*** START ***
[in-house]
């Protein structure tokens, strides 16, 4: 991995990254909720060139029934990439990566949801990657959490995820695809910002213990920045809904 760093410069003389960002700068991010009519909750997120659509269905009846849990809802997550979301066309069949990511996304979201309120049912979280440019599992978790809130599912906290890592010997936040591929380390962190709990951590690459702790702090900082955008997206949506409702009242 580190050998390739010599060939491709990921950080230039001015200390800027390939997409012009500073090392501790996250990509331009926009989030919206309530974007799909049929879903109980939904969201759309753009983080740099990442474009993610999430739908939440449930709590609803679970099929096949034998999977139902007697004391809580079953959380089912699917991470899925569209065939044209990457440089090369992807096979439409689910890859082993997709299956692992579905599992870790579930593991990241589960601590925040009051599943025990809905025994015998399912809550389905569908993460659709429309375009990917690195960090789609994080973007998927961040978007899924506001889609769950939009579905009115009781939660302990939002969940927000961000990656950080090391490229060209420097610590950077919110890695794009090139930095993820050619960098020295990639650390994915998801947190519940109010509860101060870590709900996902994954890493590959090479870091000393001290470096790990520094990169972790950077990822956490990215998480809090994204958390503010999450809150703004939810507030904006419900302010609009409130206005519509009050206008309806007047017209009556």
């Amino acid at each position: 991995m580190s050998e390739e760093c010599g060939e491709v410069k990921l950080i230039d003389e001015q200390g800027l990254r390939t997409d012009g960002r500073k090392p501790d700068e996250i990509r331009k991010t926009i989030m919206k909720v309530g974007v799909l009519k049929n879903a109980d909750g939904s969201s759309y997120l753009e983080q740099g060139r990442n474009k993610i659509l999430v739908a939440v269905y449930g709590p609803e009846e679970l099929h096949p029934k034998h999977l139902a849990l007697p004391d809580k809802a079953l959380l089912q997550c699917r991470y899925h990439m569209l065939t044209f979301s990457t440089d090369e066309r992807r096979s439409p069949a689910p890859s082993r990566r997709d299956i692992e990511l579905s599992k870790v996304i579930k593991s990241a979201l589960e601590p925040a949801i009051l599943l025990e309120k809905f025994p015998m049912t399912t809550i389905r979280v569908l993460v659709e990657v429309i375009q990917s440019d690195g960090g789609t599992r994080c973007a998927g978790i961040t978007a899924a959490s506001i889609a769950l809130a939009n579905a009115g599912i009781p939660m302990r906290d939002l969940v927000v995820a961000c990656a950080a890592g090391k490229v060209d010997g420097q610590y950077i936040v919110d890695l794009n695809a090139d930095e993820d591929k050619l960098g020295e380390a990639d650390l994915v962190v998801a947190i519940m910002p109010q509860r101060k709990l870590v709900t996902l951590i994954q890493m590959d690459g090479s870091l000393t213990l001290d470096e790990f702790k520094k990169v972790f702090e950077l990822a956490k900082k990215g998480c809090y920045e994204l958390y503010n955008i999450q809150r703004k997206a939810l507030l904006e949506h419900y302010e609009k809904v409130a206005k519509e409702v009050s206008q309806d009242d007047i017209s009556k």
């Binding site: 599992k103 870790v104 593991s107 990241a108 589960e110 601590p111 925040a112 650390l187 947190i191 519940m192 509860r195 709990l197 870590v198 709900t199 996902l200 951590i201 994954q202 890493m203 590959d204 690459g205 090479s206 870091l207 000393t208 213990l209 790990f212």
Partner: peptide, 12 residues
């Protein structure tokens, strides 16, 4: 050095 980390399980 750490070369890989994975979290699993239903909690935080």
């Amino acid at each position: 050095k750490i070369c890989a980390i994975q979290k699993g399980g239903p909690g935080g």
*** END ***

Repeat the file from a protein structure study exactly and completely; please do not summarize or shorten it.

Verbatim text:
[in-house]
């Protein structure tokens, strides 16, 4: 991995990254909720060139029934990439990566949801990657959490995820695809910002213990920045809904 760093410069003389960002700068991010009519909750997120659509269905009846849990809802997550979301066309069949990511996304979201309120049912979280440019599992978790809130599912906290890592010997936040591929380390962190709990951590690459702790702090900082955008997206949506409702009242 580190050998390739010599060939491709990921950080230039001015200390800027390939997409012009500073090392501790996250990509331009926009989030919206309530974007799909049929879903109980939904969201759309753009983080740099990442474009993610999430739908939440449930709590609803679970099929096949034998999977139902007697004391809580079953959380089912699917991470899925569209065939044209990457440089090369992807096979439409689910890859082993997709299956692992579905599992870790579930593991990241589960601590925040009051599943025990809905025994015998399912809550389905569908993460659709429309375009990917690195960090789609994080973007998927961040978007899924506001889609769950939009579905009115009781939660302990939002969940927000961000990656950080090391490229060209420097610590950077919110890695794009090139930095993820050619960098020295990639650390994915998801947190519940109010509860101060870590709900996902994954890493590959090479870091000393001290470096790990520094990169972790950077990822956490990215998480809090994204958390503010999450809150703004939810507030904006419900302010609009409130206005519509009050206008309806007047017209009556």
């Amino acid at each position: 991995m580190s050998e390739e760093c010599g060939e491709v410069k990921l950080i230039d003389e001015q200390g800027l990254r390939t997409d012009g960002r500073k090392p501790d700068e996250i990509r331009k991010t926009i989030m919206k909720v309530g974007v799909l009519k049929n879903a109980d909750g939904s969201s759309y997120l753009e983080q740099g060139r990442n474009k993610i659509l999430v739908a939440v269905y449930g709590p609803e009846e679970l099929h096949p029934k034998h999977l139902a849990l007697p004391d809580k809802a079953l959380l089912q997550c699917r991470y899925h990439m569209l065939t044209f979301s990457t440089d090369e066309r992807r096979s439409p069949a689910p890859s082993r990566r997709d299956i692992e990511l579905s599992k870790v996304i579930k593991s990241a979201l589960e601590p925040a949801i009051l599943l025990e309120k809905f025994p015998m049912t399912t809550i389905r979280v569908l993460v659709e990657v429309i375009q990917s440019d690195g960090g789609t599992r994080c973007a998927g978790i961040t978007a899924a959490s506001i889609a769950l809130a939009n579905a009115g599912i009781p939660m302990r906290d939002l969940v927000v995820a961000c990656a950080a890592g090391k490229v060209d010997g420097q610590y950077i936040v919110d890695l794009n695809a090139d930095e993820d591929k050619l960098g020295e380390a990639d650390l994915v962190v998801a947190i519940m910002p109010q509860r101060k709990l870590v709900t996902l951590i994954q890493m590959d690459g090479s870091l000393t213990l001290d470096e790990f702790k520094k990169v972790f702090e950077l990822a956490k900082k990215g998480c809090y920045e994204l958390y503010n955008i999450q809150r703004k997206a939810l507030l904006e949506h419900y302010e609009k809904v409130a206005k519509e409702v009050s206008q309806d009242d007047i017209s009556k």
């Binding site: 599992k103 870790v104 593991s107 990241a108 589960e110 601590p111 925040a112 650390l187 947190i191 519940m192 509860r195 709990l197 870590v198 709900t199 996902l200 951590i201 994954q202 890493m203 590959d204 690459g205 090479s206 870091l207 000393t208 213990l209 790990f212």
Partner: peptide, 12 residues
């Protein structure tokens, strides 16, 4: 050095 980390399980 750490070369890989994975979290699993239903909690935080």
């Amino acid at each position: 050095k750490i070369c890989a980390i994975q979290k699993g399980g239903p909690g935080g």